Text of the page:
A TURN FOR THE WORSE?
This can't be good news. Both sides should ratchet down the rhetoric, stop the ultimatums, take deep breaths and try to talk. The future of your nation depends on this.
Shawn McHale, a history professor at George Washington University has an op-ed piece about heretofore unknown to me incident in World War II that has some uneasy parallels with today.
Friday, January 03, 2003
GOOD NEWS IN AMAZONIA
One thing I like about Latin Trade magazine is that much of its writing is carefully considered and focuses not just on business, but also covers environmental, development and human rights issues. In fact, in 1999 they gave their Humanitarian of the Year Award to Baltazar Garzón, the Spanish judge who attempted to prosecute the Chilean ex-Dictator, Augusto Pinochet.
One of their regular columnists is Jack Epstein who goes by the nom de plume of Silicon Jack. His columns also challenge the orthodoxy of typical business writing and in the current issue he writes about Jorge Viana, the governor of the state of Acre (pronounced Ahhcray), which is where Chico Mendes lived, worked, helped the environment and was cravenly murdered.
Latin Trade magazine has an article on one of Brazil's gems: Saquarema, a small town in the area of Rio de Janeiro state known as the Região dos Lagos (Region of the Lakes) and hometown of our good friend, Débora Santos-Watts.
Saquarema is dwarfed in terms of popularity by nearby Búzios and Cabo Frio, but it's much easier to get to than Búzios and not as touristy as Cabo Frio. Saquarema's greatest appeal, however, is for surfers. Praia de Itaúna is a long stretch of beach with lively and constantly shifting surf. If you go, just be sure to wear some neoprene; for a tropical location, the water is very cold.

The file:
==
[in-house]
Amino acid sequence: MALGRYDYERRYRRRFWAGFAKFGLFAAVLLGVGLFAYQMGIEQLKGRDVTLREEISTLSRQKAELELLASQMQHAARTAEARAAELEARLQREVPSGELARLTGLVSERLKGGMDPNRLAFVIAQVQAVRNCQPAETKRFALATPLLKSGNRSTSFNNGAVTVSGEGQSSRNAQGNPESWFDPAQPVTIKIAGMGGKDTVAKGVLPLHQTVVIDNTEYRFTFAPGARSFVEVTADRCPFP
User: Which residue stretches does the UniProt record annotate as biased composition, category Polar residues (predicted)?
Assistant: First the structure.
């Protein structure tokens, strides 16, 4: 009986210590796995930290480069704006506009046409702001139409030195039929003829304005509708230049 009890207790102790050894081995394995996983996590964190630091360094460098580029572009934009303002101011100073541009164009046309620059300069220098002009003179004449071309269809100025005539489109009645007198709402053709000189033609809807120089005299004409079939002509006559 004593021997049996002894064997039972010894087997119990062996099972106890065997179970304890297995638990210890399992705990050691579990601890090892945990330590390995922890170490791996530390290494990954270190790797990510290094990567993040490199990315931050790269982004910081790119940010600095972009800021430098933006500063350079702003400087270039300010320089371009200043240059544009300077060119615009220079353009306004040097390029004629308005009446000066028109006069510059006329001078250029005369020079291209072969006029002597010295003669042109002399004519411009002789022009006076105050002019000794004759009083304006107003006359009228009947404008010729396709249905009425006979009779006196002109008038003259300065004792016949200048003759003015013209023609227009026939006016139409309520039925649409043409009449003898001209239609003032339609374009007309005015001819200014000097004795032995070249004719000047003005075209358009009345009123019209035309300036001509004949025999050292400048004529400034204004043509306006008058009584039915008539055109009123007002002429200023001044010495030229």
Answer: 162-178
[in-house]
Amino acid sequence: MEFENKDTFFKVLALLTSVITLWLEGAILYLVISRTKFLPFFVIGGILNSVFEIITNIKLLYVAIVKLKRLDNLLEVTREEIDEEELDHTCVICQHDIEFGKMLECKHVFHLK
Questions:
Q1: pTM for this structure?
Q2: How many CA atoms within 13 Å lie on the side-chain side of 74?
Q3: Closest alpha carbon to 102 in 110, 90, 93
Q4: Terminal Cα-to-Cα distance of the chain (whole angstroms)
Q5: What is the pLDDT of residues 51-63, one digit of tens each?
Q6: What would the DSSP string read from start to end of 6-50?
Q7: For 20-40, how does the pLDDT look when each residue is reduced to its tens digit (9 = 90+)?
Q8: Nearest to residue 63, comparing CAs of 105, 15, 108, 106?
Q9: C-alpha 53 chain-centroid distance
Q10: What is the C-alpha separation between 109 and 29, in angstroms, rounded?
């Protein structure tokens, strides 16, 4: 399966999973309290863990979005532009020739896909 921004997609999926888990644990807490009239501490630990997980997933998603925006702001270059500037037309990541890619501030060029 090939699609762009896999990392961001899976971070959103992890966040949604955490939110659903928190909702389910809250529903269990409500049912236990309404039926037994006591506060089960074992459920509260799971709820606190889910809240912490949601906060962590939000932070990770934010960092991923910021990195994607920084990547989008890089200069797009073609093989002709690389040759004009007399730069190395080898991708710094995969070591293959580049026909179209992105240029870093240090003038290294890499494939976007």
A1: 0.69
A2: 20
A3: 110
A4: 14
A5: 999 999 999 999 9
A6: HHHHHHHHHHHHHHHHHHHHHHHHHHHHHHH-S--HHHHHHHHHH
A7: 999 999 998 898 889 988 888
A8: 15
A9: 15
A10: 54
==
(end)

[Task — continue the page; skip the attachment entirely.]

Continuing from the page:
SEDITION IN VENEZUELA?
Apparently Carlos Ortega, the union leader who is the de facto leader of the opposition strike in Venezuela wants another coup. In this article by Ginger Thompson in today's New York Times Ortega is reported to have a seditious streak about him:
The top leader of Venezuela's strike on Thursday urged members of the armed forces to join the opposition against Mr. Chávez.
"What are you waiting for to accompany us?" asked one unionist, Carlos Ortega. "We understand the obedience you owe to the president of the republic, but obedience is one thing, being submissive is another."
If they "accompany" the strikers, they are effectively engaging in a military coup. He needs to read this and realize that he will receive no support from other governments in the OAS and understand that what he is suggesting is illegal. One would think that the opposition would have learned from what happened in April. One wonders, in fact, if the opposition has crossed their Rubicon: